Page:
Dr Ali Mattu, the host of The Psych Show and previously an assistant professor at Columbia University, gained a substantial following by focusing on his area of expertise. While on his channel Quirkology, Professor Richard Wiseman of the University of Hertfordshire has amassed more than a million views with his jaw-dropping illusions. On my own YouTube channel, Psychreg, I tend to focus on long-format interviews and audio reads.

Prioritise the quality of your content, not subscriber numbers

This is where new YouTube creators often fall short: you’ll need to publish quality content regularly. This can be difficult at the beginning when subscriber numbers and views are low. Try to ignore those numbers and focus on developing your videos and improving the quality of your content. Just like everybody else on YouTube, when I set up my channel, I started with no subscribers but persevered in creating quality content.

Incorporate SEO into your videos

What appears on your search results is not accidental; it’s an offshoot of how algorithms are programmed to sort through hundreds of billions of pieces of online content. If you’re a content creator, you can optimise your content’s visibility through search engine optimisation (SEO). This is a set of practices designed to improve the positioning of content in organic search results; by this I mean how you “index” your video. There is a host of YouTube tutorials that can help you better understand SEO.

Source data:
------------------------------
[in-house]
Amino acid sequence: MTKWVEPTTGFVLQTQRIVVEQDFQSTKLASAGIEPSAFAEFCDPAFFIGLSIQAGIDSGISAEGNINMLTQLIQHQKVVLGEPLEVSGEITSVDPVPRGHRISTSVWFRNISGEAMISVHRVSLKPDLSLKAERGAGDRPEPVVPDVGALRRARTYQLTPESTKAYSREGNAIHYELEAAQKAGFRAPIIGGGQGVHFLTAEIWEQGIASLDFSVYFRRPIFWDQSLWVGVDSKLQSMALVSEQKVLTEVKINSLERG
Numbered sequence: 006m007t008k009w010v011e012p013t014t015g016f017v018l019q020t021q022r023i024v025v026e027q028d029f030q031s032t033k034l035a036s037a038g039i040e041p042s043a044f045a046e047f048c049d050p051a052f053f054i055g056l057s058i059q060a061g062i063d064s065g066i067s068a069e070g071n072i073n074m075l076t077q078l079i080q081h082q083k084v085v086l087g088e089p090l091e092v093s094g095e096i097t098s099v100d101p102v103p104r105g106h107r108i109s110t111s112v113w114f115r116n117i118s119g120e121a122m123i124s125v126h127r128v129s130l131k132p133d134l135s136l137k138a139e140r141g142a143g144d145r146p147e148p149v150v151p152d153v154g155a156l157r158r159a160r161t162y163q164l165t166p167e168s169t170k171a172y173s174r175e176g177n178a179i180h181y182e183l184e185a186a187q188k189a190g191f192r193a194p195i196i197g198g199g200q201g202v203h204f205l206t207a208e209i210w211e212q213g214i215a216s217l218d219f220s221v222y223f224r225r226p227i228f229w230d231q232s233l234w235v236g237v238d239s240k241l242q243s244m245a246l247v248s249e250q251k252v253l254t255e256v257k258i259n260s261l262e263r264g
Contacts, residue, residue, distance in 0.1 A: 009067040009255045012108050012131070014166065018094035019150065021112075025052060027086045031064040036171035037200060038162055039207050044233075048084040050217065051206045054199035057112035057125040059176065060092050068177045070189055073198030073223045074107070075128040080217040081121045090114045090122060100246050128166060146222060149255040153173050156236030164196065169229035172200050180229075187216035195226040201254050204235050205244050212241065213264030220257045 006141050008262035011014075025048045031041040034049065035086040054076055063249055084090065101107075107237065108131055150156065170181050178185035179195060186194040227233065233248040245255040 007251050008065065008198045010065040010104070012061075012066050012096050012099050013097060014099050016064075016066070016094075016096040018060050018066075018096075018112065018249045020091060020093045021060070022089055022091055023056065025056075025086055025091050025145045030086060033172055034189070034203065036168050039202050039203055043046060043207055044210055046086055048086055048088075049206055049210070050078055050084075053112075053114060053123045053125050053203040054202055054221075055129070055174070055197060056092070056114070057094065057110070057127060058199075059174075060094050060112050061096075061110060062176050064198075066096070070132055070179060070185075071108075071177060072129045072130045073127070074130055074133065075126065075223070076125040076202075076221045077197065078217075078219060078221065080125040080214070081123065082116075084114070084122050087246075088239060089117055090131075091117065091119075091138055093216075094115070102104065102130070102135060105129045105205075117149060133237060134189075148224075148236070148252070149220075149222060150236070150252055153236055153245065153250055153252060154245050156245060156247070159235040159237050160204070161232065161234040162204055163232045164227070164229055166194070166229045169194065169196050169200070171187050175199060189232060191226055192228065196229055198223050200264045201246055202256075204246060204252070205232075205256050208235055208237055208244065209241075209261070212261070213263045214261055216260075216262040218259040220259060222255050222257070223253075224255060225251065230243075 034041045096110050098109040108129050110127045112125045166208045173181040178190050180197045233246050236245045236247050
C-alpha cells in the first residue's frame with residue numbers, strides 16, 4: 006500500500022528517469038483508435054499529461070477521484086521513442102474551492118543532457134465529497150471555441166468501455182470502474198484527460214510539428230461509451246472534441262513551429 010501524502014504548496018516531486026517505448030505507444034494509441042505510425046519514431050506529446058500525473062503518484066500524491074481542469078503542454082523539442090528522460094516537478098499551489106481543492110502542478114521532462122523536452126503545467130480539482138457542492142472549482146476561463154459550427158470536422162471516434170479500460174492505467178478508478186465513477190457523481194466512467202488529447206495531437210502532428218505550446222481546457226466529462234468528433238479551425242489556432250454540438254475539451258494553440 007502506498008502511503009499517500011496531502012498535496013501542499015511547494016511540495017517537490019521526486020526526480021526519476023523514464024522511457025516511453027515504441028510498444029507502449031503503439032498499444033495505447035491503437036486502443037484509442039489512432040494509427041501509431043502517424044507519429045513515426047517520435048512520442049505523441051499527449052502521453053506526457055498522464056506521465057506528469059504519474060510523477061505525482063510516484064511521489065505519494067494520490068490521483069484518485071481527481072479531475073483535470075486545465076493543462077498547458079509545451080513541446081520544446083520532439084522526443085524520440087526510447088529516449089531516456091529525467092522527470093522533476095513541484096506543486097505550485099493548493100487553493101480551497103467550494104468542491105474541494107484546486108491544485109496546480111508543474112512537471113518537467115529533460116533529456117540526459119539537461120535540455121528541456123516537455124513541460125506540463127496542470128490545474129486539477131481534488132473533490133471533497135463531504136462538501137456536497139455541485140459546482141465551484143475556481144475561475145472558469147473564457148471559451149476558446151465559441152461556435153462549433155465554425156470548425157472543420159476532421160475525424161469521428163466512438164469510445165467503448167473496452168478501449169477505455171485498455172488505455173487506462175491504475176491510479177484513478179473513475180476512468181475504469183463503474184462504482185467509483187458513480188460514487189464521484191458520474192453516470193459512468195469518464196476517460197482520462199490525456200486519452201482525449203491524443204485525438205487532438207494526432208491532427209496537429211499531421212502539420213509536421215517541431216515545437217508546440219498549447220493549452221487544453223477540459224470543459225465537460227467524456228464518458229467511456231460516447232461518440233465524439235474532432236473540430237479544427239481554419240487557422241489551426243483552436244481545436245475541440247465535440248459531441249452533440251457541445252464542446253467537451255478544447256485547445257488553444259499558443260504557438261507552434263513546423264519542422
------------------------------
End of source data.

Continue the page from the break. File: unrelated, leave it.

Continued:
YouTube is also a search engine, the second largest behind Google. Users can stumble on your content through a keyword search within the platform. So your videos will need to be SEO-friendly to rank higher in search results and gain more viewers and subscribers.

YouTube gives academics unprecedented reach

Whether you’re launching an academic channel or a non-academic one, it’s essential for you to learn the workings of YouTube: master the basics of hosting a channel, uploading and editing a video, and connecting with your audience. YouTube gives academics the ability to scale up the dissemination of their work, potentially reaching tens of thousands of viewers, compared with reaching only a select few in traditional campus-based lectures or via research articles hiding behind a journal paywall.

Academics have always been at the forefront of knowledge creation and dissemination. But YouTube, along with other new media, has radically changed the way that knowledge is transmitted.

As self-directed learning through these new media becomes more prevalent, it will be up to academics to ensure that university students, or a lay audience in general, have a curated selection of content backed by science – lest we are stuck with videos of Benjamin Bennett sitting and smiling at the camera.

Dennis Relojo-Howell is the host of The DRH Show on YouTube. His PhD research project at the University of Edinburgh focuses on digital mental health.